Usually it is the Democratic Party faithful who want an early primary, but this year they are mostly holding their steam (about Afghanistan, war spending, and compromises with the Republican) and hoping no serious left-of-Obama contender comes forward. Uniting behind the incumbent is their best bet at holding onto what national power they have.

The June 2012 election could be a groundbreaking election totally apart from the Presidential nomination aspect. The two big game changers are Proposition 14, which makes the primaries less partisan, and redistricting.

Redistricting occurs every ten years, after the results from the U.S. census are returned. In the past California political districts were designed by incumbents, for incumbents. In partisan political terms this meant district lines were drawn to maximize the percentage of either Republicans or Democrats (including independent (Decline To State) voters known to typically vote one way or the other). This actually reduced the number of Democrats in Congress, the State Assembly and State Senate from its theoretical maximum. More of the new districts will have less-than-landslide sized Democratic majorities. While in theory this could help the Republican cause in some elections, the most likely outcome is more Democrats will win these seats. The California Citizens Redistricting Commission will vote on adopting its final maps on August 15, 2011.

Proposition 14, which passed in June 2010, makes partisan primaries more like non-partisan local and school board elections. Candidates can still list a political party, but the winner in each political party does not proceed to the runoff election. The top two vote getters advance to the November runoff, even if they are in the same party.

This non-partisan reform measure could have a big impact, if entrenched interests can't eliminate it (they are suing to block it) or find ways to manipulate the new mechanics. It encourages challengers from within the dominant political party in a district, as well as serious independent and small party candidates. Take a district that is 60% Democrat and 40% Republican, not unusual in California. In the past typically a right-wing Republican and an incumbent Democrat would win their respective primaries. Then the Democrat would win the runoff. [Invert the scenario for Republican dominated districts in the Central Valley or San Diego]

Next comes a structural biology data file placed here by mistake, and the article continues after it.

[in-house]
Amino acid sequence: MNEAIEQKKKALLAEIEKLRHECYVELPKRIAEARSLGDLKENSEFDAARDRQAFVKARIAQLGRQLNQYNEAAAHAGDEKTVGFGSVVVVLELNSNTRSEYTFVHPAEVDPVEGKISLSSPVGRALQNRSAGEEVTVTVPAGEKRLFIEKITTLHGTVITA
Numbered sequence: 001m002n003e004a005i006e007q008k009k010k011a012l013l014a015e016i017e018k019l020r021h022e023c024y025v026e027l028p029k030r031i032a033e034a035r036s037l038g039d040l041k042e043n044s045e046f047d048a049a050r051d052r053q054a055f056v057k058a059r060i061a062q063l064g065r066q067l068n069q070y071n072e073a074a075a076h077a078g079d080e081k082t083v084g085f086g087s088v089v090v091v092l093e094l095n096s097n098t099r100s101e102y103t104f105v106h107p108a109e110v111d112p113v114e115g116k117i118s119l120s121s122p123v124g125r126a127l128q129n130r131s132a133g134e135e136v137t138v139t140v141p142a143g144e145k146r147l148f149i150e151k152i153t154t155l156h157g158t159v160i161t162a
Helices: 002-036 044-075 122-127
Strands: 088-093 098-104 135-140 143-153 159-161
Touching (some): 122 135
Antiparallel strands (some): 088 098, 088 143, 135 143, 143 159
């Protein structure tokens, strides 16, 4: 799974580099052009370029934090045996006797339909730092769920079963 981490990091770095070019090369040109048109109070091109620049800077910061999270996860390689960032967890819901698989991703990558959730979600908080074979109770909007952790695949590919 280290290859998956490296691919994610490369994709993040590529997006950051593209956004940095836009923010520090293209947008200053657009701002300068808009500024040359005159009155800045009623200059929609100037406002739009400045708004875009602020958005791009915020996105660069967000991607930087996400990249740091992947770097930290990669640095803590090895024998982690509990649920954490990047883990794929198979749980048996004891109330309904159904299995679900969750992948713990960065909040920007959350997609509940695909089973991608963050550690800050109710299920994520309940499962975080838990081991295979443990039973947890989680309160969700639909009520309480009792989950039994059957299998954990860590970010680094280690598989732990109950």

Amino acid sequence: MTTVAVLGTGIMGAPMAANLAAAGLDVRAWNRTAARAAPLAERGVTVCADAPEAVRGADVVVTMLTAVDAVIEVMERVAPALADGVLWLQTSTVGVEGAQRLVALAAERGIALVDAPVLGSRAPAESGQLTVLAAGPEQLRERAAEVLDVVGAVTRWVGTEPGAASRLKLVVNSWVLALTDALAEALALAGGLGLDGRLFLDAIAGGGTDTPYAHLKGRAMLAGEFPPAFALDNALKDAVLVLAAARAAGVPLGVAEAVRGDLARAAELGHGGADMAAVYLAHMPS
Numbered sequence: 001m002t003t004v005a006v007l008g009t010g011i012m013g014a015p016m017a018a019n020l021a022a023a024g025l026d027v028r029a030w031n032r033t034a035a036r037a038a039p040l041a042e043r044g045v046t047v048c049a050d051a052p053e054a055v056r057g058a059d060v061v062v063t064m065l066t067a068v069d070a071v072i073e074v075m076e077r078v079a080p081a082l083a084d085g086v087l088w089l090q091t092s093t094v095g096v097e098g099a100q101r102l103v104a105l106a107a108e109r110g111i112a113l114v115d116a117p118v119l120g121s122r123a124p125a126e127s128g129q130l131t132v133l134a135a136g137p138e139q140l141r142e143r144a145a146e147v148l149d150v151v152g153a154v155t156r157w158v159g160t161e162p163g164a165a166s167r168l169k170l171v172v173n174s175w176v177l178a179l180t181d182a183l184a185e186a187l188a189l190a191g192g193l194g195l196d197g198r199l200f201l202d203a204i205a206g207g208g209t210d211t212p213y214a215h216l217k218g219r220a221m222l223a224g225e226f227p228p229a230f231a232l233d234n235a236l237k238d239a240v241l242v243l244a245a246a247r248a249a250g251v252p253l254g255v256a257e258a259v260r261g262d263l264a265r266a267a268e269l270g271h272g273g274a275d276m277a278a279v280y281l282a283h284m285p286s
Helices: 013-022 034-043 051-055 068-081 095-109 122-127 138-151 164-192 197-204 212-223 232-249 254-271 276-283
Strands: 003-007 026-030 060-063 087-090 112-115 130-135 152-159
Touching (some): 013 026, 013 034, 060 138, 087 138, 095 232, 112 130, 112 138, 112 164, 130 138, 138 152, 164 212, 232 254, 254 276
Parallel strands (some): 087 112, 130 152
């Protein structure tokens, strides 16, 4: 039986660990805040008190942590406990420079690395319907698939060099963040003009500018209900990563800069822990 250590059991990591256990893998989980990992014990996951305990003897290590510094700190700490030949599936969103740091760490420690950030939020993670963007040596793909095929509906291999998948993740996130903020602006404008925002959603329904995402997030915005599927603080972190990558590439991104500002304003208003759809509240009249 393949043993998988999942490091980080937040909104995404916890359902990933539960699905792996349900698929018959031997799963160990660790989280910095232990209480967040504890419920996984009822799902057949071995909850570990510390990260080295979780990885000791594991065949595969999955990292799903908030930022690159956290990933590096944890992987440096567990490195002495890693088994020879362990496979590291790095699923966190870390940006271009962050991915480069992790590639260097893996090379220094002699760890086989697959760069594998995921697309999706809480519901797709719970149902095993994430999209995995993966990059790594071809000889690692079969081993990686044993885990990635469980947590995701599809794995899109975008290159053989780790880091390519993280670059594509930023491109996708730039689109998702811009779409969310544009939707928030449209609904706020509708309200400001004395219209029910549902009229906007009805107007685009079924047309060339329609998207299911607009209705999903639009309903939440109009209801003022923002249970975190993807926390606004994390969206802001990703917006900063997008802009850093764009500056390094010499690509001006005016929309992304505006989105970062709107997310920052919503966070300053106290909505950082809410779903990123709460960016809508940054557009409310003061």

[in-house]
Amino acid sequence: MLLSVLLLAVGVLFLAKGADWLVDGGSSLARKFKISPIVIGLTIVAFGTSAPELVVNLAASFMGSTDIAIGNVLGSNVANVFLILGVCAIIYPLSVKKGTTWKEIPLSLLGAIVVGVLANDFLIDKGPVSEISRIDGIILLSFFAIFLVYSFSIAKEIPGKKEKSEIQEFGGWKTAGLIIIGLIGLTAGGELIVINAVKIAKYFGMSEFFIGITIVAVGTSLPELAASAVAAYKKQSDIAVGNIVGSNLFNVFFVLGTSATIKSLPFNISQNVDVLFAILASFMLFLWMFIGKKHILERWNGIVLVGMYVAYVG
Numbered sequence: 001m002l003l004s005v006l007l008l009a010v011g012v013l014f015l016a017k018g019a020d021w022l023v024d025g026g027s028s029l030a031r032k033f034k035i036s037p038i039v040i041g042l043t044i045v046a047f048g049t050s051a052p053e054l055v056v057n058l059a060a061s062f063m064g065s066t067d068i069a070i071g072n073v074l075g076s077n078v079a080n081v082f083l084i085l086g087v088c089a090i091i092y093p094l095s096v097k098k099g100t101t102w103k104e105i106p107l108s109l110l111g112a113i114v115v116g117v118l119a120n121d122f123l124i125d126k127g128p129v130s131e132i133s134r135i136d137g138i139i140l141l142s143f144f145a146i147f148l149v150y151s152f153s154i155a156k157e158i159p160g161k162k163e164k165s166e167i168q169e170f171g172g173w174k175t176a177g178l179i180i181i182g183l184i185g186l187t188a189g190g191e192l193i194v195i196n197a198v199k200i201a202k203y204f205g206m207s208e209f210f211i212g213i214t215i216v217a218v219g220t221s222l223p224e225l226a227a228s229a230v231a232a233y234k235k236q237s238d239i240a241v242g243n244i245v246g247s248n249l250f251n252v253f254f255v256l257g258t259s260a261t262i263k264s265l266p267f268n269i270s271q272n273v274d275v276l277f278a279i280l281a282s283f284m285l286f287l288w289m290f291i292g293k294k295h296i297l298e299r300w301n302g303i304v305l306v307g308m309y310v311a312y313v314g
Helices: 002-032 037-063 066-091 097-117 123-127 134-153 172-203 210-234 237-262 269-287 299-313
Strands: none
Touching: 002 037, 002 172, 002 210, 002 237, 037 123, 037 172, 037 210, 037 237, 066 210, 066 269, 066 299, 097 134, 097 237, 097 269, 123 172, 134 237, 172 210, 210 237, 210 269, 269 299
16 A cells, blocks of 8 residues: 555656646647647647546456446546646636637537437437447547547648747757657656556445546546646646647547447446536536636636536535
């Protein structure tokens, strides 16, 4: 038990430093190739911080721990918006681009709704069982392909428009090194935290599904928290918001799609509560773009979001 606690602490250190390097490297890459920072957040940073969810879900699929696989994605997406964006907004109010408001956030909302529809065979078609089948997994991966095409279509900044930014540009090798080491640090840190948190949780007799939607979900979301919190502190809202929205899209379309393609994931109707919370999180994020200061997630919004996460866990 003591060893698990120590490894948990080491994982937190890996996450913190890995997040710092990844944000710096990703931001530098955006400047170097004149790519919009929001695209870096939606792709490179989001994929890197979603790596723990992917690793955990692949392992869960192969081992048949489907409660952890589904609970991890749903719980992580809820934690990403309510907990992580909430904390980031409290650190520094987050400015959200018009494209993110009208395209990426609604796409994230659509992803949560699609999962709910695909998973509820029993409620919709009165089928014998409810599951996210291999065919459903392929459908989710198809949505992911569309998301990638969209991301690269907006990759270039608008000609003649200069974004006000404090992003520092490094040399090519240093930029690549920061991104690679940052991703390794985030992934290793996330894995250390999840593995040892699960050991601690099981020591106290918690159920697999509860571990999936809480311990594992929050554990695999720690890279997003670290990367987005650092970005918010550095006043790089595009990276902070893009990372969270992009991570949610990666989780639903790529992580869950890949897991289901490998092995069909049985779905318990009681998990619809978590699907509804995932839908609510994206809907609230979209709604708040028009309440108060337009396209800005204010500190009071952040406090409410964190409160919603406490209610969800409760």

Now a centrist candidate, Republican, Democrat, third party or even decline-to-state might pick up enough votes to become one of the top two vote getters. If they hold the center together, they can get elected.

If enough candidates see this new opportunity to take on incumbents, we might even see another scenario from time to time. Say three Democrats run and Two Republicans. Suddenly third parties like the Libertarians and Green Party could be viable. Taking 20% of the vote in the primary could make the third-party candidate one of the top two. In particular it would be interesting to see elections in left-leaning districts that pit a Green Party citizen against an incumbent Democrat.

Whatever the outcome, redistricting and non-partisan elections are good for democracy. Hopefully 2012 will just be the beginning of opening up our system to participation by citizens who do not already belong to powerful, entrenched lobbying groups.

Sunday, June 12, 2011

California Citizens Redistricting Commission releases draft distric maps

On Friday, June 10 the California Citizens Redistricting Commission released its first draft of the district boundaries for the California State Assembly, State Senate, and U.S. House of Representatives.

I want to congratulate the commission for doing what it was mandated to do: setting up compact districts with reasonable geographic boundaries. This is in contrast to past district redraws (they happen every 10 years, after each census), which aimed to give as many incumbent politicians safe districts as was possible.

The commissions maps are published here: California District Maps First Draft. In these low-resolution maps it is hard to tell where the exact boundaries are.

The LA Times put together an California Redistricting interactive map with far more detail. They also look at political consequences in District Maps Draw a New Political Landscape.

The Sacramento Bee offers Draft California congressional maps promise more competition.

Keep in mind that better districts may help, but without well-informed citizens participating in the process, no process can be said to be truly democratic.

Monday, March 21, 2011

Republican Party Aims to Control Primaries